POKHARA, Jan 19: Homestay is not a healing center. However, that can certainly be made so, according to Yogi Bikasananda. ‘Even now, people are getting healed in a certain way when they spend time meeting ‘organic’ people, far from the maddening crowd .’
Speaking at a program ‘Spirituality in Tourism’, held in Pokhara on Friday by Homestay Association of Nepal, Bikasananda said that homestay helps keep both the mind and body healthy. Food, culture, and lifestyle tourists are directly benefitted by homestay, he said.
“Why do people think of staying in rural villages, with indigenous people in the first hand? Knowingly, unknowingly, they are looking for some break from the tedious daily life of the city. And when they get fresh food, fresh air, and get in the company of welcoming people, the healing process begins. They get healed from inside,” he elaborated.
Stating that villages and towns of Nepal have tremendous potentials to attract tourists and keeping them for long, Bikasananda urged the government to focus more on tourism and homestay service. “There is a need of infrastructures to make homestay service more effective, and more popular,” he said.
Trekking and homestay services have a very close link. Tourists are found to chose areas for homestay where they can move out for trekking. As a result, several villages in the hills are offering this service. Jungles, rivers, and mountains are the most sought after locations by such tourists.
“If you compare, people in the villages are more much healthier then city dwellers. Tourists are in search of places where their health gets better living conditions. For homestay, they try to find places which gives them a variety of offers including trekking. Walking for long hours keeps you very fit and spiritually charged,” Bikasananda said.
While talking of spirituality, he elaborated on even Nepal’s climate and weather. There are many countries where the sun does not shine as adequately as it does in Nepal. Similarly, Nepal is blessed in terms of rain and wind, he said.
“Such a pleasant place obviously connects you to the soul. That’s spirituality. So, visiting Nepal is not just for fun but for a deeper connection with life and soul,” he said. “When you don’t get enough sun, what happens to your body? It does not function well. So, here in Nepal, the environment offers us good health by providing us every natural thing adequately,” he added.
While saying so, he stressed on the need to categorize foreign tourists in order to avail them the service they need. For instance, if they have come from the coldest part of the world, they might be more interested in sunbathing, he said. “If the tourism industry remains aware of such minor details, it can come up with far better offers and options for the tourists,” he said.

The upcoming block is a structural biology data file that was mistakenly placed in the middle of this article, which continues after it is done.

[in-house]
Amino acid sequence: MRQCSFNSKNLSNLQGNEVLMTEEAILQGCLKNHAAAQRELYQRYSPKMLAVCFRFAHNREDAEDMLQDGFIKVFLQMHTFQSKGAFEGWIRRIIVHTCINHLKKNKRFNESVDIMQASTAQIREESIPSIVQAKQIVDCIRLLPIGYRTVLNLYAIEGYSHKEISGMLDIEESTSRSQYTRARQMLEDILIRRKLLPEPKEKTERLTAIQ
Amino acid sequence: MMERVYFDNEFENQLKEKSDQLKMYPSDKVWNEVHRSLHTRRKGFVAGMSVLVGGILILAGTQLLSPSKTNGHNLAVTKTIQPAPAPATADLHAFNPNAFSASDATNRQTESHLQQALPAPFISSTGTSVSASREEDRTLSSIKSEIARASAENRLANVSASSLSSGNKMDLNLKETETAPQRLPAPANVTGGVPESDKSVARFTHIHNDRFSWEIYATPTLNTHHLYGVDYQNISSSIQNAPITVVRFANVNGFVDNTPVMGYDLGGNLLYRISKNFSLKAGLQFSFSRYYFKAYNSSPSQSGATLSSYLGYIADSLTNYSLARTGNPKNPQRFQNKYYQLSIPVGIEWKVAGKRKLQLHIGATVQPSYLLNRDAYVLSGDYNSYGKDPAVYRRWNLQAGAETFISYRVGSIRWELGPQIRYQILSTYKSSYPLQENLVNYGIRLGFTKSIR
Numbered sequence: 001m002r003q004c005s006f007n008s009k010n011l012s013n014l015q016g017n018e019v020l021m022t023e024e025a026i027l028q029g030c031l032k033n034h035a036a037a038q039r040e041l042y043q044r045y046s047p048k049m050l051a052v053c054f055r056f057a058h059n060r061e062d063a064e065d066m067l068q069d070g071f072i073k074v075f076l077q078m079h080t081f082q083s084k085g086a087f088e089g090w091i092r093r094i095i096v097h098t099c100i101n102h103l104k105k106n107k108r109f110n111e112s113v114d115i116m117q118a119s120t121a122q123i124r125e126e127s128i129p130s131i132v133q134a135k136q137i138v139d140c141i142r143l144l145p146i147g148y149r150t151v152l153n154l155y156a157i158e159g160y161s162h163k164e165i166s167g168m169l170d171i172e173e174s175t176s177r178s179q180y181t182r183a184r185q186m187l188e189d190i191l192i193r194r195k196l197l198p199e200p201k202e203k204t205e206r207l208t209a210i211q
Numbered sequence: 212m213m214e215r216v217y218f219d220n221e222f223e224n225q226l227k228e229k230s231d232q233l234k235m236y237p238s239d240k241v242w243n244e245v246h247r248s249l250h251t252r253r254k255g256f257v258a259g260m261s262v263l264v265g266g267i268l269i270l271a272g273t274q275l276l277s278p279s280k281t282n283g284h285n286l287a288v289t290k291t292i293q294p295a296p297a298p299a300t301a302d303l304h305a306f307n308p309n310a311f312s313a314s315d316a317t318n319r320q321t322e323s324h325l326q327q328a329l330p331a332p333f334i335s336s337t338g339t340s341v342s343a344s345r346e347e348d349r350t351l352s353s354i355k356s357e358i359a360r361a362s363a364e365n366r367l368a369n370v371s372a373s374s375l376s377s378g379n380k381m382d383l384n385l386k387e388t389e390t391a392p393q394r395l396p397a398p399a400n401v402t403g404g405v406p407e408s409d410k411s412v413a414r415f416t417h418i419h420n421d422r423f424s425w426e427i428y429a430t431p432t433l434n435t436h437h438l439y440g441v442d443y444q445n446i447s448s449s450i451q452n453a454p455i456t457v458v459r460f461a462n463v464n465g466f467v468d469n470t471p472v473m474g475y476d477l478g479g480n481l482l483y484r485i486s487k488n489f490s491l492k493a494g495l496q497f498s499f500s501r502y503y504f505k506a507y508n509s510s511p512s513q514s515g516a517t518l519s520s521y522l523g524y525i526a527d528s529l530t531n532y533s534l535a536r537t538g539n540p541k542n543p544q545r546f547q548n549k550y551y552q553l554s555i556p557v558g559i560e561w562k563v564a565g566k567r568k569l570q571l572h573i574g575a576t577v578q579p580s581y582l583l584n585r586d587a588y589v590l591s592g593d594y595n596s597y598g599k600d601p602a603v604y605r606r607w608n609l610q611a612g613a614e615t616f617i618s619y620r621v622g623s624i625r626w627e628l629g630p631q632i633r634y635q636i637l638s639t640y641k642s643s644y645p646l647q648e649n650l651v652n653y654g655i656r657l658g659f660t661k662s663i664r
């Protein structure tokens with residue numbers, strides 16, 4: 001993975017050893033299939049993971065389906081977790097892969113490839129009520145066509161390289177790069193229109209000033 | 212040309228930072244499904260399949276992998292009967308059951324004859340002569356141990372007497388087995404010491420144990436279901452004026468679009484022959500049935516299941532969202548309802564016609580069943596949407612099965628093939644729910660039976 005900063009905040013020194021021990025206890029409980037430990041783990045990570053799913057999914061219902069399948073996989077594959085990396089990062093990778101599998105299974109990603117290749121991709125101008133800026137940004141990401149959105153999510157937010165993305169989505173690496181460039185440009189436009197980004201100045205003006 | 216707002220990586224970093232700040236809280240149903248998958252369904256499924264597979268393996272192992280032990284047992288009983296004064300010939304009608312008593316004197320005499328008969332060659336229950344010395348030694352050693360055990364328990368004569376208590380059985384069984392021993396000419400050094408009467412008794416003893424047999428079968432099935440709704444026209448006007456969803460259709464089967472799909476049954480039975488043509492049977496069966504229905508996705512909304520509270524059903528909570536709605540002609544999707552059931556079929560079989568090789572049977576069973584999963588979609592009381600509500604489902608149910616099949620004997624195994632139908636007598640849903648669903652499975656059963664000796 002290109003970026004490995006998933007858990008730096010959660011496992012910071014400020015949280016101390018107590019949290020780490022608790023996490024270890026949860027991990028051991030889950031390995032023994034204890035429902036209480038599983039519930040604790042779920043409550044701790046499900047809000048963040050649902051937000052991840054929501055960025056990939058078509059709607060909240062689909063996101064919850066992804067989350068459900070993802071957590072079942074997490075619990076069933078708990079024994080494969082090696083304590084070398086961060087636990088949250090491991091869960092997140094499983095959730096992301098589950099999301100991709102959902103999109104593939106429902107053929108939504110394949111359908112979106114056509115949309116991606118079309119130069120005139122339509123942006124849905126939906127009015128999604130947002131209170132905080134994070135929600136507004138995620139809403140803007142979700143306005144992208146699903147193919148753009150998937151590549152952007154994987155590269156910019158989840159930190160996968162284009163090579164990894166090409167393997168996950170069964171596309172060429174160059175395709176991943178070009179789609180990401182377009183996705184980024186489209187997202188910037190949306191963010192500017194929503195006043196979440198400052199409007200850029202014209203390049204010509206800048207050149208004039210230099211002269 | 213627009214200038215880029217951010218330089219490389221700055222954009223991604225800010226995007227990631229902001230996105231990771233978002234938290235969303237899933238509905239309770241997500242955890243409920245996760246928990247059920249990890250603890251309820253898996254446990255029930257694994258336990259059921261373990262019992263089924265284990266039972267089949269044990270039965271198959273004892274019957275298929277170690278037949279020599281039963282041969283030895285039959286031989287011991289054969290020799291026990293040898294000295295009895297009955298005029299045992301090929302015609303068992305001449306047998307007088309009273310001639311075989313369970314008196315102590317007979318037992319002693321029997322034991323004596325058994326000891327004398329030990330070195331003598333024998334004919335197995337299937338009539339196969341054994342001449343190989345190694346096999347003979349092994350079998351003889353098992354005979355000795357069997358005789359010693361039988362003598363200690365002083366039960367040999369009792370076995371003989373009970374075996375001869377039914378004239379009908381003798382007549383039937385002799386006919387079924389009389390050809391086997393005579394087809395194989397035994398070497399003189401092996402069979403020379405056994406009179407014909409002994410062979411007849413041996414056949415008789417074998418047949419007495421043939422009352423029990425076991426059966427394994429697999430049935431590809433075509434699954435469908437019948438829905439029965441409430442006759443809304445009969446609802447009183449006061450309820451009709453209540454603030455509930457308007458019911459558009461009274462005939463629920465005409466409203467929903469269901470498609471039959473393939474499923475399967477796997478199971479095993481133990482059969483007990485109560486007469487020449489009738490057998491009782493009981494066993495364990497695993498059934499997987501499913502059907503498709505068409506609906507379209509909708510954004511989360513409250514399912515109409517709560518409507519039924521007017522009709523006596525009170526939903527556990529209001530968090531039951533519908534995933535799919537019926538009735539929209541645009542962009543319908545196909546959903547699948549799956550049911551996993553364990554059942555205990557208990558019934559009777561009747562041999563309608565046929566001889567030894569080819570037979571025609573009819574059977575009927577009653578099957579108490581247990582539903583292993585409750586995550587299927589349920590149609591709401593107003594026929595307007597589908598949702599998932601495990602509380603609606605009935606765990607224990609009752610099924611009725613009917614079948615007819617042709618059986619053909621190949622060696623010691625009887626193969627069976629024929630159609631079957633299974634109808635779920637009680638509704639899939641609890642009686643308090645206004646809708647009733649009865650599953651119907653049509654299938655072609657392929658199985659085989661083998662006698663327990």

The high Himalayas have always been the biggest tourist attraction in Nepal for a long time now. And that’s a great way of getting healed, Bikasananda stated.
“When you enjoy the fervor of nature, your healing process starts. It needs no elaboration on why tourists spend many days in the high Himalayas. It heals,” he said.
According to Bikash Lamsal, Tourism Minister of Gandaki Province, the government is committed to promote and conserve the environment and cultures of the province. “We have plans and we are working on that. By 2022, we are committed to bringing in 2 million tourists. There will be homestay services in 300 villages of the province. This year, 2019 is also being celebrated as the year of domestic tourism,” he said.
A lot of people in the villages are already making a good income by offering the service. Supported by local governments, indigenous communities have felt encouraged to go on. “Due to the homestay business, fewer people are going overseas for employment. We don’t have data yet, but soon, we will be able to give the picture,” Lamsal said.
Krishna Timilsina, secretary of Homestay Association of Nepal, said that the future of the country is very bright, thanks to the booming tourism sector. “We need to try several things for prosperity. We just need to focus on the right thing. And that’s tourism, for Nepal,” he said. “Our need now is to develop infrastructure. Unless and until we are equipped with the necessary infrastructure, we won’t be able to benefit from our resources, culture, and natural beauty. We also have attractions like Yoga and spirituality to woo tourists and to help them heal from the inside,” he added.